VISITING THE CITY MUSEUM
MUSEUM GUIDE: Welcome to the City Museum and Art Gallery. Before we
start our tour, I'd like to give you a bit of background information
about the place itself.
The museum was founded in 1849 as a home for the collections built
up over the years by the local Cultural Society, and is one of seven
museums owned by the city council. Its collections of dinosaurs and
mummies are well known, and it also has one of Britain's top five
exhibitions of natural science. Unfortunately, not all areas are
open to the public at the moment. In the cellar storerooms, for
example, there are, amongst other things, display cases full of
butterflies, and many others full of birds.
Upstairs, there's a section designed especially for children, for
those of you who are interested, where young people can dress up,
draw pictures, and find out about the museum at their own pace. It's
called 'Let's Interact' and there's more noise there than silence,
as you might imagine. But we find this to be a successful way of
attracting children to museums. Let's face it, museums in the past
have been boring, rather stuffy places for children, and indeed
adults, to visit.
The picture galleries, which we'll be visiting later, boast a fine
collection of drawings, prints and woodcuts by German artists, and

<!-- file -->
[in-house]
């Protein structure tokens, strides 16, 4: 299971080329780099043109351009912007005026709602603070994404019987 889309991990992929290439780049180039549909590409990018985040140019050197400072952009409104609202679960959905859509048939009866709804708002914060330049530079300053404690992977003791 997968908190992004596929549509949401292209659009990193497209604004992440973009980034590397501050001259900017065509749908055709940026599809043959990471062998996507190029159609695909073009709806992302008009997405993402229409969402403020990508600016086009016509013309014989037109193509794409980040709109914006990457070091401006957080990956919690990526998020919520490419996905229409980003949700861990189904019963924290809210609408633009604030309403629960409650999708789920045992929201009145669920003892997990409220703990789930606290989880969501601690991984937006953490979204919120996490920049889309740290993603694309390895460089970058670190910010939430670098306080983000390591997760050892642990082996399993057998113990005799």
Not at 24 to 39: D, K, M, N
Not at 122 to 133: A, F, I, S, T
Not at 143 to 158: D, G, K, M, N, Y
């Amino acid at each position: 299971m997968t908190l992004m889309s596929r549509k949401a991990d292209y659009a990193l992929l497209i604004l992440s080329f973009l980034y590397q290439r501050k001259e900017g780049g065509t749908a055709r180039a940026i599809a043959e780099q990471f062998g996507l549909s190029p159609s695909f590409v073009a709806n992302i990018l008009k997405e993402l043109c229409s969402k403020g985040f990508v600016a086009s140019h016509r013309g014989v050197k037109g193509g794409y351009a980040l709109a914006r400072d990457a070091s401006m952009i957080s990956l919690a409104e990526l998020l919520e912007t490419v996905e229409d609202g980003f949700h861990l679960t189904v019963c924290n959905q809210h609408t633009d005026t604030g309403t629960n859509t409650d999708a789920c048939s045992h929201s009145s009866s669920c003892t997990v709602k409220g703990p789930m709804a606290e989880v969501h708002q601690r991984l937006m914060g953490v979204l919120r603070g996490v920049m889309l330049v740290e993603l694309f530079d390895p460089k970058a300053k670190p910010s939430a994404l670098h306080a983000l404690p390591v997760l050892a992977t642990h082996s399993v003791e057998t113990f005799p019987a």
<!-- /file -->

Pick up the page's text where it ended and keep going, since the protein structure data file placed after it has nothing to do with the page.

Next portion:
the art collection is arranged thematically, rather than
chronologically. The themes we shall see are: colour, light,
movement, signs, and symbols.
It's a bit cold here, I'm afraid. I do apologise for this but, I'm
sorry to say, the central heating needs a million-pound refit, which
the city can't afford to undertake at the moment. So, if any of you
are millionaires, and feeling generous today, please see me after
Now, if you will just follow me to the end of the Grand Colonnade,
we'll turn right Into the first exhibit room on the ground floor...
Now, this room houses the Rutland Dinosaur. As you can see, it's
three and a half metres high and fourteen metres long, quite an
intimidating sight! This Cetiosaurus, as ifs called, was found in
England's smallest county in 1968. The creature loped across the
countryside 175 million years ago, and is the most complete example
of the breed discovered to date. Most of the neck, some of the spine
and a bit of the tail were found in Rutland; the rest of the tail is
polystyrene. For those of you who prefer your dinosaurs on a much
more human scale, there is a much smaller 200-million-year-old
Pilosaur over there. Now, if you'd like to follow me up the stairs,
we'll make our way to the...